A third of dads (37 per cent) will not see their children on Father’s Day according to a major new poll from ComRes which was commissioned by Fathers4Justice.
It is the first comprehensive survey of public attitudes to fatherlessness and the family justice system undertaken in the UK.
When asked whether they, or someone they know, have experienced not seeing their children on Father’s Day, 37 per cent of fathers agreed.
If this is repeated, an estimated 2.3 million men will not see their kids.
One in five dads also said they fear losing, or had lost contact, with their children, with 22 per cent knowing someone who had experienced this.
Half of the public told ComRes they want Britain’s next Prime Minister to create a ‘Minister for Men’.
The survey, conducted between 29th May and 9th June 2019, also found the following:
* One in five dads (20%) fear losing, or had lost contact with their children, following separation.
* A third (32%) of men have suffered, or knew someone who had suffered, distress or mental health issues after being denied access to their children.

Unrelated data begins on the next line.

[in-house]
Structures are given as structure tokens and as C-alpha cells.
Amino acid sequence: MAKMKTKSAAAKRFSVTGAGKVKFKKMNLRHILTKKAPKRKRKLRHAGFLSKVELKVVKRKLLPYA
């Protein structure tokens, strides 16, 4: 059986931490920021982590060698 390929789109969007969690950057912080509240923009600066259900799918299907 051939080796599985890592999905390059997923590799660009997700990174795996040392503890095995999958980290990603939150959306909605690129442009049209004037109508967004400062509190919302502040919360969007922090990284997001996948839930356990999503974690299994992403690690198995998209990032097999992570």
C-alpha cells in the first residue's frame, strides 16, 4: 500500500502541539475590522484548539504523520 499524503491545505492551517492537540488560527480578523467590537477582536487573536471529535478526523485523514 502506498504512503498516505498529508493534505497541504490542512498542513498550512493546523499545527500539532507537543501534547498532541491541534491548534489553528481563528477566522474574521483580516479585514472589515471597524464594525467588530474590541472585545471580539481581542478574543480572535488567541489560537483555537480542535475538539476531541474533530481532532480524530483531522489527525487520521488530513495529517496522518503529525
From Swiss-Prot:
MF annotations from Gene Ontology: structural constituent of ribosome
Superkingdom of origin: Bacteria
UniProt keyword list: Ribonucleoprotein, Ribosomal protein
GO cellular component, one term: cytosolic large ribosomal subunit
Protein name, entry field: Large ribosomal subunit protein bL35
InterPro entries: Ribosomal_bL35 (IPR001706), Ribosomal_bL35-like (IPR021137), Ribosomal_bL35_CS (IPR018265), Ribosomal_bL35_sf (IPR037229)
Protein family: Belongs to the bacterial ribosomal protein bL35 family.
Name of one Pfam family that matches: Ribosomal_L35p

* Six in ten (60%) think mothers who break court orders giving dads access to their kids should be prosecuted, including 54% of women.
* 8 in 10 (80%) think there should be equal access for mothers and fathers to their children after separation, including 78% of women.
* Three quarters (75%) back “automatic parental responsibility” for new dads even when not married, including 74% of women.
* 43 per cent backed splitting child benefits equally between fathers and mothers.
* Half of the public (50%) back the creation of a Minister for Men, similar to the Minister for Women and Equalities, including 48% of women.